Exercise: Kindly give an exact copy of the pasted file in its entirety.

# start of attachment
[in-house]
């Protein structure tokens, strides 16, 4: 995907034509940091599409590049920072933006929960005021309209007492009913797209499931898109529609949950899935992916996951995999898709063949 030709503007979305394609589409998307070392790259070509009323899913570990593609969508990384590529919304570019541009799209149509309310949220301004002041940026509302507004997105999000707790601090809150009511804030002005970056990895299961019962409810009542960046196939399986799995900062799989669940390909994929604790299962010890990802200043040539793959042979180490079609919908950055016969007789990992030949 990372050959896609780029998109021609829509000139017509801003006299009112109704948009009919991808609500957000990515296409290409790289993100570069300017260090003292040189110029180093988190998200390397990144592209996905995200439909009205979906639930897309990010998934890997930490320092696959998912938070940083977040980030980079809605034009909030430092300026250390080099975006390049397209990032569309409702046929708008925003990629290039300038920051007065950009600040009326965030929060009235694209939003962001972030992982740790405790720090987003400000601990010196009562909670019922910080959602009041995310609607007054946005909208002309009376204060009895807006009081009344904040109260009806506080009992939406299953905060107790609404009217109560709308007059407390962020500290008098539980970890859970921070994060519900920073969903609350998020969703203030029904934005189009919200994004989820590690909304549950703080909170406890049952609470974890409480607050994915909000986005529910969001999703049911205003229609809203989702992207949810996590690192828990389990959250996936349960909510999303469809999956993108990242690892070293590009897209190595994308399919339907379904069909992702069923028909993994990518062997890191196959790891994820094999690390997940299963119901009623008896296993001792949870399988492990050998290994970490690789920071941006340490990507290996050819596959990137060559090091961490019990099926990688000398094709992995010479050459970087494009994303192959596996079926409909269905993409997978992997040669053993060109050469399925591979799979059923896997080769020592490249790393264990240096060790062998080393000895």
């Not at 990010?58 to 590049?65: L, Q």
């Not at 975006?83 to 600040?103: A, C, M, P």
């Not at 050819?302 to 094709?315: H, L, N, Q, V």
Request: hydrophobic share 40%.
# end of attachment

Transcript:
[in-house]
């Protein structure tokens, strides 16, 4: 995907034509940091599409590049920072933006929960005021309209007492009913797209499931898109529609949950899935992916996951995999898709063949 030709503007979305394609589409998307070392790259070509009323899913570990593609969508990384590529919304570019541009799209149509309310949220301004002041940026509302507004997105999000707790601090809150009511804030002005970056990895299961019962409810009542960046196939399986799995900062799989669940390909994929604790299962010890990802200043040539793959042979180490079609919908950055016969007789990992030949 990372050959896609780029998109021609829509000139017509801003006299009112109704948009009919991808609500957000990515296409290409790289993100570069300017260090003292040189110029180093988190998200390397990144592209996905995200439909009205979906639930897309990010998934890997930490320092696959998912938070940083977040980030980079809605034009909030430092300026250390080099975006390049397209990032569309409702046929708008925003990629290039300038920051007065950009600040009326965030929060009235694209939003962001972030992982740790405790720090987003400000601990010196009562909670019922910080959602009041995310609607007054946005909208002309009376204060009895807006009081009344904040109260009806506080009992939406299953905060107790609404009217109560709308007059407390962020500290008098539980970890859970921070994060519900920073969903609350998020969703203030029904934005189009919200994004989820590690909304549950703080909170406890049952609470974890409480607050994915909000986005529910969001999703049911205003229609809203989702992207949810996590690192828990389990959250996936349960909510999303469809999956993108990242690892070293590009897209190595994308399919339907379904069909992702069923028909993994990518062997890191196959790891994820094999690390997940299963119901009623008896296993001792949870399988492990050998290994970490690789920071941006340490990507290996050819596959990137060559090091961490019990099926990688000398094709992995010479050459970087494009994303192959596996079926409909269905993409997978992997040669053993060109050469399925591979799979059923896997080769020592490249790393264990240096060790062998080393000895």
């Not at 990010?58 to 590049?65: L, Q």
């Not at 975006?83 to 600040?103: A, C, M, P």
């Not at 050819?302 to 094709?315: H, L, N, Q, V």
Request: hydrophobic share 40%.